Fight the (corporate book publishing) Man!

by thiszine


Indie authors unite! The Next Generation Indie Book Awards are accepting submissions until March 2, 2011 (so don’t fret, you have plenty of time to finish your books). The contest is presented by the Independent Book Publishing Professionals Group in cooperation with Marilyn Allen of Allen O’Shea Literary Agency, and works to promote the best of worldwide independent publications.

There are sixty categories including E-books, GLBT, Multicultural, and Novella from which winners are selected by a panel of expert editors, writers and publishers. The best overall fiction and non-fiction winners each receive $1,500, second place fiction and non-fiction winners receive $750, and third place fiction and non-fiction winners get $500. $250 goes to the Best Design Book entry, and individual winners of each category get $100. All finalists and winners will be listed in the 2011 Next Generation Indie Book Awards Catalogue for book buyers, and gain exposure on the Next Generation website for the following year. Check out the 2010 Winners and Finalists here. Furthermore, the best book of each category will be reviewed by top literary agent Marilyn Allen (Stephen King, Mary Higgins Clark) of Allen O’Shea Literary Agency for possible representation.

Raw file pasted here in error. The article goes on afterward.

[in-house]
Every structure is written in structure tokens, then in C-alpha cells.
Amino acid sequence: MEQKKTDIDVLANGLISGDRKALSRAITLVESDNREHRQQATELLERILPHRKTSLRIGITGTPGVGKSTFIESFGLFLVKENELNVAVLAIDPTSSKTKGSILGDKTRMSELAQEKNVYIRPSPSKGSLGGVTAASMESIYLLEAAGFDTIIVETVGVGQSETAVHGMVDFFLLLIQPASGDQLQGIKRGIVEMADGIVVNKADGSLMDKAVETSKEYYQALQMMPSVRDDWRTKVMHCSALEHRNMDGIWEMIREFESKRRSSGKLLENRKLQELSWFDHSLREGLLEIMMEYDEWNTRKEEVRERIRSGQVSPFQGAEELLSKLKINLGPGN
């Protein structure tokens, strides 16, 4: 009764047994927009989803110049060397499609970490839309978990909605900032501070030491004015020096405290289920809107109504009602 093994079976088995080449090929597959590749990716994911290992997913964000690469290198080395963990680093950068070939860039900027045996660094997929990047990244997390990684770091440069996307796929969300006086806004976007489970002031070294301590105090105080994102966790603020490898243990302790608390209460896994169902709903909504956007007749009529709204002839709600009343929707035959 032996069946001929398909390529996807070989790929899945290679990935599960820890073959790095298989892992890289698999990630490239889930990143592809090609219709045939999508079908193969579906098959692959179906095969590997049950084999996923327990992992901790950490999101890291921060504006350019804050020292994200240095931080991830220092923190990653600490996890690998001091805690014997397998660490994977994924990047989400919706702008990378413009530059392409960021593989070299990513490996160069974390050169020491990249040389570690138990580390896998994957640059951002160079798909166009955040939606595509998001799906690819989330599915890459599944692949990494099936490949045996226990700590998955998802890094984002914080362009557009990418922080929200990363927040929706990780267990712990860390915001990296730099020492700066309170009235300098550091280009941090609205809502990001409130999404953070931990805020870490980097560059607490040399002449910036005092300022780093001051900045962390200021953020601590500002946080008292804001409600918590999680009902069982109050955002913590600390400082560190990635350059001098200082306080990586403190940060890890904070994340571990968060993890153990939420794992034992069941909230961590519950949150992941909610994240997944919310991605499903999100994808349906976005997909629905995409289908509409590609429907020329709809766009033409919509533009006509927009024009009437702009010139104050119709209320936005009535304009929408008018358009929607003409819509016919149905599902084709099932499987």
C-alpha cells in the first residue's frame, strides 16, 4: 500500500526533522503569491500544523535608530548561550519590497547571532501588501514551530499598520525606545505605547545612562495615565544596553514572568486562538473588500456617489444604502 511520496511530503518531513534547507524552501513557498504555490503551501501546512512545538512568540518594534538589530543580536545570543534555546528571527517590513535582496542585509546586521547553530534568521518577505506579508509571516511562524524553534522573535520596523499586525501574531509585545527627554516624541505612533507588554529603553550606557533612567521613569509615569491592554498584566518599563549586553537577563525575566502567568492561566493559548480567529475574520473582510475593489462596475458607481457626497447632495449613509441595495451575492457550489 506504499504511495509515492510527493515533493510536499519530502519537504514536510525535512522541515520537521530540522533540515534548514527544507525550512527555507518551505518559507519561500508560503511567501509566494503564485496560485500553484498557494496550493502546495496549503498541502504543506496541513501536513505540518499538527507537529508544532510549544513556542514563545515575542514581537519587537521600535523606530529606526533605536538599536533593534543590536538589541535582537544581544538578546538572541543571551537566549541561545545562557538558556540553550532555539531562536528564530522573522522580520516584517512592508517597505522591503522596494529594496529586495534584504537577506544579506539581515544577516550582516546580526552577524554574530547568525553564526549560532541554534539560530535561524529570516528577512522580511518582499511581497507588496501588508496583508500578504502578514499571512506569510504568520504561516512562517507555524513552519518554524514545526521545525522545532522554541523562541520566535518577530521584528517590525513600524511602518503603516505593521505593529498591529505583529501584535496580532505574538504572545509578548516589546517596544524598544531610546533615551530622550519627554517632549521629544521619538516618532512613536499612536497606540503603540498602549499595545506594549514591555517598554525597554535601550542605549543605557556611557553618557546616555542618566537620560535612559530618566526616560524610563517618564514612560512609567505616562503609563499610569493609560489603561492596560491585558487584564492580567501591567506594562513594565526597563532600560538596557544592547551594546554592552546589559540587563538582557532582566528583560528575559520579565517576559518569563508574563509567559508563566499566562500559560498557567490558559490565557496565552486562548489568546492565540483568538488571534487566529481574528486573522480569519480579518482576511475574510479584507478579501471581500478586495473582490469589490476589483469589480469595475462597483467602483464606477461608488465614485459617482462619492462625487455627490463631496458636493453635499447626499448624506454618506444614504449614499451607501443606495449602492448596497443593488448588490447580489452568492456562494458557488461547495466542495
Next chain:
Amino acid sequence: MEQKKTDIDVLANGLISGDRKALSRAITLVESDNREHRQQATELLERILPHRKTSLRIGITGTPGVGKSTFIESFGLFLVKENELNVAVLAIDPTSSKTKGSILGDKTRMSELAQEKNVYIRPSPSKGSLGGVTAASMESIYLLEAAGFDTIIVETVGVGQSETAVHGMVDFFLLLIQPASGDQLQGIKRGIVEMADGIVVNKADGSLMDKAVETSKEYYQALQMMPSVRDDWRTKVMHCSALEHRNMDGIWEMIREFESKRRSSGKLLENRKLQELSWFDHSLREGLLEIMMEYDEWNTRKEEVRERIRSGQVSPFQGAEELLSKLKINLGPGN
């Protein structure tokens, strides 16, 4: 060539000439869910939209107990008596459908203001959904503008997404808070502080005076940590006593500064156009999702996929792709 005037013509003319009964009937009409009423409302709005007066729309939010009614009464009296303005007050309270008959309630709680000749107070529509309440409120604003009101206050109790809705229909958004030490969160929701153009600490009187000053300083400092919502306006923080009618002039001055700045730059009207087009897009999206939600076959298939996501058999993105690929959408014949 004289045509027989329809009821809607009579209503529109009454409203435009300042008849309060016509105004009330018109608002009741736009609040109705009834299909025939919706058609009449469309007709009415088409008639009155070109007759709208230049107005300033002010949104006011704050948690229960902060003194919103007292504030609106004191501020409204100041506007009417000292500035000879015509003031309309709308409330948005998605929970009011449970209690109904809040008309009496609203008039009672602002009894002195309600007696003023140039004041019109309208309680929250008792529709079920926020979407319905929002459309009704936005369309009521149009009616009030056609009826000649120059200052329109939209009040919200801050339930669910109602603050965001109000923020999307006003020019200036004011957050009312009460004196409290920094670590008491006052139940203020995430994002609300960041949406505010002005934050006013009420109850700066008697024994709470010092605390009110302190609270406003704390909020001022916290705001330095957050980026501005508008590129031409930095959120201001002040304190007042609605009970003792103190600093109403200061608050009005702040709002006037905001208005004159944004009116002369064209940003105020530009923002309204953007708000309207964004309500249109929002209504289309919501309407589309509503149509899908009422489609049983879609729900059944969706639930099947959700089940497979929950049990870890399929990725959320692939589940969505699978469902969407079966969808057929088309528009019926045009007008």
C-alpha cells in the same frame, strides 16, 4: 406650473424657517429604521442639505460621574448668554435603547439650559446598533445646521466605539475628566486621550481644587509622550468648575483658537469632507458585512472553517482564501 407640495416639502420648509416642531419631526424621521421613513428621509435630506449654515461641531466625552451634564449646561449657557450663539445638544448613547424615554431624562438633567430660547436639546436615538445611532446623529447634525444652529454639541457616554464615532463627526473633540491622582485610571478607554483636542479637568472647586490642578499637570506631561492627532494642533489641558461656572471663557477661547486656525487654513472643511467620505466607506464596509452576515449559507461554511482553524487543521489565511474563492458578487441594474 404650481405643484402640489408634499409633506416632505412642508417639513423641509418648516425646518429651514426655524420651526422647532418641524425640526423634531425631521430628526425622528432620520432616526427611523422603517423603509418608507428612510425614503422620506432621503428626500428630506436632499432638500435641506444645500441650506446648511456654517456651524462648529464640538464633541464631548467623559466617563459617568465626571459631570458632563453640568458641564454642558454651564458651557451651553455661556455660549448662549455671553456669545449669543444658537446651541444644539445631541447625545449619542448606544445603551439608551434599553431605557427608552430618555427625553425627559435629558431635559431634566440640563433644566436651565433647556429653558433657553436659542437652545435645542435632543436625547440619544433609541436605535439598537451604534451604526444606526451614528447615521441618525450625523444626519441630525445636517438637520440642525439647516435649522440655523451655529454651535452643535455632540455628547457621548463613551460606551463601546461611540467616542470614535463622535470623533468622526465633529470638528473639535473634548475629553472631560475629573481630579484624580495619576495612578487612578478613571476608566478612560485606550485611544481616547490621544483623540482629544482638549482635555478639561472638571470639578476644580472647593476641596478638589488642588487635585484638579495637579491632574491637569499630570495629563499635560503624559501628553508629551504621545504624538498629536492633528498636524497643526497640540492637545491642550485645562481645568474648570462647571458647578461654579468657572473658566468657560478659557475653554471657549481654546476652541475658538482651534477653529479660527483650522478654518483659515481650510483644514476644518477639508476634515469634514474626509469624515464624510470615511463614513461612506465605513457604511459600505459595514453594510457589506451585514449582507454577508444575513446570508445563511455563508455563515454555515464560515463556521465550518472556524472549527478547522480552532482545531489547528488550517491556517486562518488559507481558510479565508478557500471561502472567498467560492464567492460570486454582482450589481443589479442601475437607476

To enter, you must complete an online entry form and make sure your books arrive at the Next Generation Indie Book awards office by March 2, 2011. Entries require a fee of $75.00 per title for the first category entered, any other categories entered for that title require a $50.00 fee. Two copies of the book must be sent for the initial category entry, and one copy for each additional category. You can enter as many titles in as many categories as you wish. Finalists and winners will be notified by May 15, 2011, with an official announcement for the public following shortly after on the website.

If you are sceptical about the Indie Book Awards, check out past winners’ testimonials. Not only do top winners receive cash prizes, but having your book mentioned as a finalist and reviewed by Marilyn Allen may open a number of doors within the publishing world.


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